Palau Public Utilities Corporation (PPUC)was created by law to operate as a business and should operate as one, explained Minister Kaleb Udui Jr. of the concern raised by PPUC having to charge taxes to customers under the new tax regime.

PPUC CEO Frank Kyota, in July, wrote congress asking them to amend the new tax law, restoring PPUC’s tax-exempt status saying that the impact of taxing utility services will have an “adverse impact” on the customers.

Minister Udui explained that they are working to help PPUC become more self-sustainable and not have to depend on government subsidies.  He further agreed that the tax would be passed on to the customer, but the government has developed other programs to help address the costs.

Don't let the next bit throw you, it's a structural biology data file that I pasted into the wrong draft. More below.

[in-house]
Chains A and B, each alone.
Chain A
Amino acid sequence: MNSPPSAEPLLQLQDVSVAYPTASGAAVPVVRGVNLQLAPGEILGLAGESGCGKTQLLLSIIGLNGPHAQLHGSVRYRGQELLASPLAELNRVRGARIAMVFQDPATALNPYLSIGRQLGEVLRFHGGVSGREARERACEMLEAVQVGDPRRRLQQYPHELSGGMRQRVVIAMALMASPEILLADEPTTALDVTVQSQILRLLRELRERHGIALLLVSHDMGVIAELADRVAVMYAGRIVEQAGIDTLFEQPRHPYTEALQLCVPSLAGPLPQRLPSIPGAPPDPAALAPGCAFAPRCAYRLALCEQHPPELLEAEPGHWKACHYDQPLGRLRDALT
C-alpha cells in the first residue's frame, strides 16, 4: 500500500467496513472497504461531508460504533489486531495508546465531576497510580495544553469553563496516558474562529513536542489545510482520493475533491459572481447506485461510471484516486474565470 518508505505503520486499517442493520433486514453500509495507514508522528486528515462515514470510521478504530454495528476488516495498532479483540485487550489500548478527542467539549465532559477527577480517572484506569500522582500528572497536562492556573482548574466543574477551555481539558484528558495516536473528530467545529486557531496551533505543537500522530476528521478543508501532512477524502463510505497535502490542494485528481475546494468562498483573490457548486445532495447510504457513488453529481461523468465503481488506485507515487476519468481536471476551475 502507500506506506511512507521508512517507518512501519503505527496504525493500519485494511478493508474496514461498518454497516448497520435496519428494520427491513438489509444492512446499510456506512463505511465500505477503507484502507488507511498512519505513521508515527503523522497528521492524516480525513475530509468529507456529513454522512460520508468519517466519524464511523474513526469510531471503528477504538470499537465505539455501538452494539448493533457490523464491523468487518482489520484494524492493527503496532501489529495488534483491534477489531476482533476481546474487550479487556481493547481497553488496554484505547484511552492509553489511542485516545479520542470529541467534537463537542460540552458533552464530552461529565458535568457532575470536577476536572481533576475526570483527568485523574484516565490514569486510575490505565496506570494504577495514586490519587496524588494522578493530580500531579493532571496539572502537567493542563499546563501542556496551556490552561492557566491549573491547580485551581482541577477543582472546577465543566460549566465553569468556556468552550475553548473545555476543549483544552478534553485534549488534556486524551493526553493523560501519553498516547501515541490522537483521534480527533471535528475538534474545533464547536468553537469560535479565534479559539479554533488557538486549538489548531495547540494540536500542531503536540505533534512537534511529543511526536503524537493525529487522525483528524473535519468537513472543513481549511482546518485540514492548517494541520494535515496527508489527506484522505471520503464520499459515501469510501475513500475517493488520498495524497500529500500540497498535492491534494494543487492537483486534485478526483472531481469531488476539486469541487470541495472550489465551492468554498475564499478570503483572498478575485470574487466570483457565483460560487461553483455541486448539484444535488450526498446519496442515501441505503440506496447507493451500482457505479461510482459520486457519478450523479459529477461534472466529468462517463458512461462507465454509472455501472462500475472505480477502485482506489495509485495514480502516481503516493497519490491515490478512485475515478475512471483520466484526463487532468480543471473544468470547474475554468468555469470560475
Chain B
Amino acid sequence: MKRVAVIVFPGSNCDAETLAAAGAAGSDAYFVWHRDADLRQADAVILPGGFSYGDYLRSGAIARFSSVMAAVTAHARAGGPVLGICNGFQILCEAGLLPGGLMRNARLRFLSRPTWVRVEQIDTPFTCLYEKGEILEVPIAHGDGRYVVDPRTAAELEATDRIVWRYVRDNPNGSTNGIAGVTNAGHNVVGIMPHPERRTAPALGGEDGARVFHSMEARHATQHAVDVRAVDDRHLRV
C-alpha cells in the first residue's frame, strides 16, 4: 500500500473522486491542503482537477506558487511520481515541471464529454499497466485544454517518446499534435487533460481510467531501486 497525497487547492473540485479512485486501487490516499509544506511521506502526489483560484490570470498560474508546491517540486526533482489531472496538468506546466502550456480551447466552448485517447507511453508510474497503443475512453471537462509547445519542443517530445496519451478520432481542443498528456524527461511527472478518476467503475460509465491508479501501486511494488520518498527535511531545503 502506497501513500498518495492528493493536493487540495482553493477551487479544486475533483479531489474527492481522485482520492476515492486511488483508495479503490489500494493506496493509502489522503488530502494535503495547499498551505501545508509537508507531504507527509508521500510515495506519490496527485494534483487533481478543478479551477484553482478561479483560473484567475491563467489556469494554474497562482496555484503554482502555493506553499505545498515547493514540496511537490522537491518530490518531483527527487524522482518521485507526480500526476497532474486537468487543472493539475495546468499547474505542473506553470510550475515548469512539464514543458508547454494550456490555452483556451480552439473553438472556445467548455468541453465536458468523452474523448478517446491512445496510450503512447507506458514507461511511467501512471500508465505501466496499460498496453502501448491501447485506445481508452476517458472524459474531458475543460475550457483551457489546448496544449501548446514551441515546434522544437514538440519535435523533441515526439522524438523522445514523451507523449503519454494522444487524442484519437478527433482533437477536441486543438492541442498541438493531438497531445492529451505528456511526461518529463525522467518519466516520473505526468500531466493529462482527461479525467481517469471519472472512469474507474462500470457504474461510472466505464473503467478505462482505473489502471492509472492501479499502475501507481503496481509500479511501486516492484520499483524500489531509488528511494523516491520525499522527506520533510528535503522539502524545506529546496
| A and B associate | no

Some of those programs mentioned by Udui to help with the costs include bringing solar programs to residential homes and refunding income taxes for those making $15,000 or less a year, among others.

“We have measured all of the changes under the tax reform to make things better for household sectors and individuals,” added Udui.

President Whipps at the August 17th press conference said that the PPUC’s letter “highlights the fact that people still misunderstand the new tax law” and that it is part of the government’s job to make people understand it.

PPUC will not be able to get credits under the new tax law if it is not a PGST registered business.  “They will lose more if they are not part of the PGST,” added Whipps, saying they are waiting for a letter from PPUC CEO saying they were wrong.

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